It was around this time that the old ghost of Christianity reared its familiar head. Because of my inability to grow beyond my Jewish conversion, i simply stopped moving forward. This lack of growth created a space that allowed for familiarity to creep back in. The guilt of 'denying Jesus' eventually flooded back in and for a short while, i found myself straddling the fence between Judaism and Christianity. My connection to Judaism was very real. Yet my fear of 'going to Hell' and my connection to Jesus' teachings wouldn't allow me to shut the door completely on Christianity. And once i cracked the door open again to peer in, Christian guilt blew the door wide open.

i eventually found myself sitting in a meeting with a local Calvary Chapel pastor being encouraged to 'turn back to Christ' and 'make him Lord of my life'. i was told i either, 'left Christ and needed to return to him' or i was, 'never born-again to begin with'. Despite my built-in reservations about returning to involvement in Christianity beyond listening to Christian music that i still enjoyed, i found myself taking his lead, praying the "Sinner’s Prayer" (again), and inviting Jesus into my heart (again), which had happened over and over from my teenage years right into my 30’s. Here was someone promising a way out of the spiritual mess that i found myself in, and i thought i had nothing to lose. i had yet another 'born-again' experience. This was April of 2004.

i was suddenly back into my 'old Christian life'. For the next year i saw some truly beautiful things along with some pretty terrible things in the church. But i was mostly bothered by a seemingly staged spirituality and rarely connected to ecstatic so-called 'Spirit-filled' patterns of worship. It just seemed so forced and so easily faked; or, when it was good, it seemed that it was more the music that provided the experience rather than anything particularly G-dly that was behind it. People would think, for example, that the ‘praise band’ musicians were being led by the Holy Spirit, but often they were just noodling on their instruments until an appropriate length of time went by to either enter a 'feeling of worship' or enough guilt was laid for people to respond to the altar call to ‘accept Christ’.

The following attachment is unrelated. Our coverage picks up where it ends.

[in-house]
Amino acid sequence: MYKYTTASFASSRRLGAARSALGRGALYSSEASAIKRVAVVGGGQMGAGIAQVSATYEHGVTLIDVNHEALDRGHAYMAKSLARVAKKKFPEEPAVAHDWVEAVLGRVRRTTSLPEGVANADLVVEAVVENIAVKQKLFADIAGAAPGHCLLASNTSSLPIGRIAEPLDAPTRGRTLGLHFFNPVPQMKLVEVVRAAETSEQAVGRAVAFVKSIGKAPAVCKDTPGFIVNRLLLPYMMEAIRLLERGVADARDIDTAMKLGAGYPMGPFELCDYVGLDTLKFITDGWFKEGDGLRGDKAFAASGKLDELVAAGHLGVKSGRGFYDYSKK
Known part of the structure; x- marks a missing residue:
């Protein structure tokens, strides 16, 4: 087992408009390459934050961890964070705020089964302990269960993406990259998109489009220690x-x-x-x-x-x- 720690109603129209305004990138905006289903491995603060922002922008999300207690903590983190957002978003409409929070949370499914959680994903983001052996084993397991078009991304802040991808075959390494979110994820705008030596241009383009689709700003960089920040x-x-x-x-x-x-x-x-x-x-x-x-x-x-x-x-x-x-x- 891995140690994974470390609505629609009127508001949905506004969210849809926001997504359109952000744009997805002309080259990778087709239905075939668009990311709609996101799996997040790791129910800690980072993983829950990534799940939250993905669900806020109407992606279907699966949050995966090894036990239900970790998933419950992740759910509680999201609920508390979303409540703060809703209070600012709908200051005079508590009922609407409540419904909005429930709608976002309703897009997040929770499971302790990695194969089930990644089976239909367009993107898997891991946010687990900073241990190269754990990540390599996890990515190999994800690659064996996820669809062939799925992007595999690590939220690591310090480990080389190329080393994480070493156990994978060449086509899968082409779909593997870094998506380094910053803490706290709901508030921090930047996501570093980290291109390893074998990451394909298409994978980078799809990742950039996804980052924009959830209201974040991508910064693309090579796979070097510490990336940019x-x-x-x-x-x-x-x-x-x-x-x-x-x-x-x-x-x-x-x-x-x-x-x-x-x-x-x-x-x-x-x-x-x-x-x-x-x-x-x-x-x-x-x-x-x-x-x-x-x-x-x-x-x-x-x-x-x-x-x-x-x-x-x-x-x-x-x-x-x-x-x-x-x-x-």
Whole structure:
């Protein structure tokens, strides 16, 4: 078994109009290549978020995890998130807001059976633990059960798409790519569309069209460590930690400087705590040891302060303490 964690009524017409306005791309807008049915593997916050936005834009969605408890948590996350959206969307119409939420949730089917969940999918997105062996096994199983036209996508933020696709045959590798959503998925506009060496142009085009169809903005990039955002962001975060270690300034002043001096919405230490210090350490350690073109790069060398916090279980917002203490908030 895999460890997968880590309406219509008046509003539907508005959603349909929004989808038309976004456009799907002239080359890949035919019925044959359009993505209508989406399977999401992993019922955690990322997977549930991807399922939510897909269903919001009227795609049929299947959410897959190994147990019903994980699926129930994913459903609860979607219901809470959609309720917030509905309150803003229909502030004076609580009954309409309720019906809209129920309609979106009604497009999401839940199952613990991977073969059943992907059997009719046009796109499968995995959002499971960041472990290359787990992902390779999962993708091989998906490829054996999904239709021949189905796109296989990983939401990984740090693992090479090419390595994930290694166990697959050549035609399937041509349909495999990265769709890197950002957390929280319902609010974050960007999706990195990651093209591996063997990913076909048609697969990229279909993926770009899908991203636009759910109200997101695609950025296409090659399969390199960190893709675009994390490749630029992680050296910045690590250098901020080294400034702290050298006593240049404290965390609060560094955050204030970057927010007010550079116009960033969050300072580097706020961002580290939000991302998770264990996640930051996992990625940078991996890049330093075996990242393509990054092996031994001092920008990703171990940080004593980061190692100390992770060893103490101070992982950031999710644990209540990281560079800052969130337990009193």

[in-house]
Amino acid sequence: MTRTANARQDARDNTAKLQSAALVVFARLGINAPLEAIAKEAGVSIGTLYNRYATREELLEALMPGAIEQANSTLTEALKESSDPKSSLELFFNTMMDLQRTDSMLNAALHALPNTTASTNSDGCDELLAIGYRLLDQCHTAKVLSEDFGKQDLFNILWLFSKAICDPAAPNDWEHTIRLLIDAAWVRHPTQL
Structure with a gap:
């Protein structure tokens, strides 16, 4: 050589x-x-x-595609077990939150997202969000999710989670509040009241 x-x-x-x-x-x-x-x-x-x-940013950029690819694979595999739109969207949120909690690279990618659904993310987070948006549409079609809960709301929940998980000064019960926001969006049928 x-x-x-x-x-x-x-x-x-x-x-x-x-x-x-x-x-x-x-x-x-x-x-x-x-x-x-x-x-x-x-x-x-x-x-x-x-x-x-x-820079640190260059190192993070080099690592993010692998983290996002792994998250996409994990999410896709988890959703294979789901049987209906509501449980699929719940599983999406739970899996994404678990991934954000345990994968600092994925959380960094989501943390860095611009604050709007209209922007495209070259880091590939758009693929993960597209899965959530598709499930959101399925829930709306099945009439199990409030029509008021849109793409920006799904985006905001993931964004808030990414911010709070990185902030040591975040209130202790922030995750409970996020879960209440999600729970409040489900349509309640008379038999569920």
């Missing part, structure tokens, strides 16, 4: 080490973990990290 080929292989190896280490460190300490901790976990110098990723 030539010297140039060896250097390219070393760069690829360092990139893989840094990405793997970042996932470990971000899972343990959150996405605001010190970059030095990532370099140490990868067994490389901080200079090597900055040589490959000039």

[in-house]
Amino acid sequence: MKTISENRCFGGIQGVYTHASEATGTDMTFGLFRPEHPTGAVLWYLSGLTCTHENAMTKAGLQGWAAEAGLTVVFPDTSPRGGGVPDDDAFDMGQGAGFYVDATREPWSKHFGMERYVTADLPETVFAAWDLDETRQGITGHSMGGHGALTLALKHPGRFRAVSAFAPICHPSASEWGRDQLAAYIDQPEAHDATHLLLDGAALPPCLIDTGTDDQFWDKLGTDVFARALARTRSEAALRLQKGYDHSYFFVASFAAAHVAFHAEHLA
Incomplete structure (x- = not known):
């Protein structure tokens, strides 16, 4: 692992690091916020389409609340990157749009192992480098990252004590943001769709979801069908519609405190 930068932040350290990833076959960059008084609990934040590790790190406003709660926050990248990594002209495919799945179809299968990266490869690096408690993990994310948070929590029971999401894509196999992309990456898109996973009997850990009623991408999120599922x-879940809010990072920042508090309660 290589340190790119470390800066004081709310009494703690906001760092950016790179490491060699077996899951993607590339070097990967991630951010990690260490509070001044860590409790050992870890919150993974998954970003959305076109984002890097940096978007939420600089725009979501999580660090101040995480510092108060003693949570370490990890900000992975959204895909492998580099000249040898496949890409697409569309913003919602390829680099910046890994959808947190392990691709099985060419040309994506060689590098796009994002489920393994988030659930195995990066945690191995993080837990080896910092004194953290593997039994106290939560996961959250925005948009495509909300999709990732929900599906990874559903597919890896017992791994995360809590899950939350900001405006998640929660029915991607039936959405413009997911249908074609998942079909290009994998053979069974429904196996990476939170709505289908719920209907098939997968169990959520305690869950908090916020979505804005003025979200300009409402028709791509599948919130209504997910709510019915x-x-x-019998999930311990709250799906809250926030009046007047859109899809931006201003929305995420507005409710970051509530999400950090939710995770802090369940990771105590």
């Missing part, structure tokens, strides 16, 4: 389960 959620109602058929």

After a short time, i found that i wasn't even getting anything out of the sermons i was listening to — i had heard them all before and they just didn't appeal to my liberal sensibilities. Bible study seemed to require a relinquishing of the intellect that i had difficulty forfeiting. Try as i might, i could never fully accept a strict literal reading of the bible, more specifically the New Testament (which i call the 'Christian Testament' as the word 'new' implies that the Jewish Scriptures are 'old' or obsolete), and the kind of theology that it produced even though i was determined to force myself to accept it literally. i found myself constantly wrestling with the Bible to make it all 'connect'. i kept finding myself having to reconcile obvious contradictions in the Christian Testament knowing deep in my heart that the Bible was/is a human-written document - inspirational and perhaps inspired, but still human.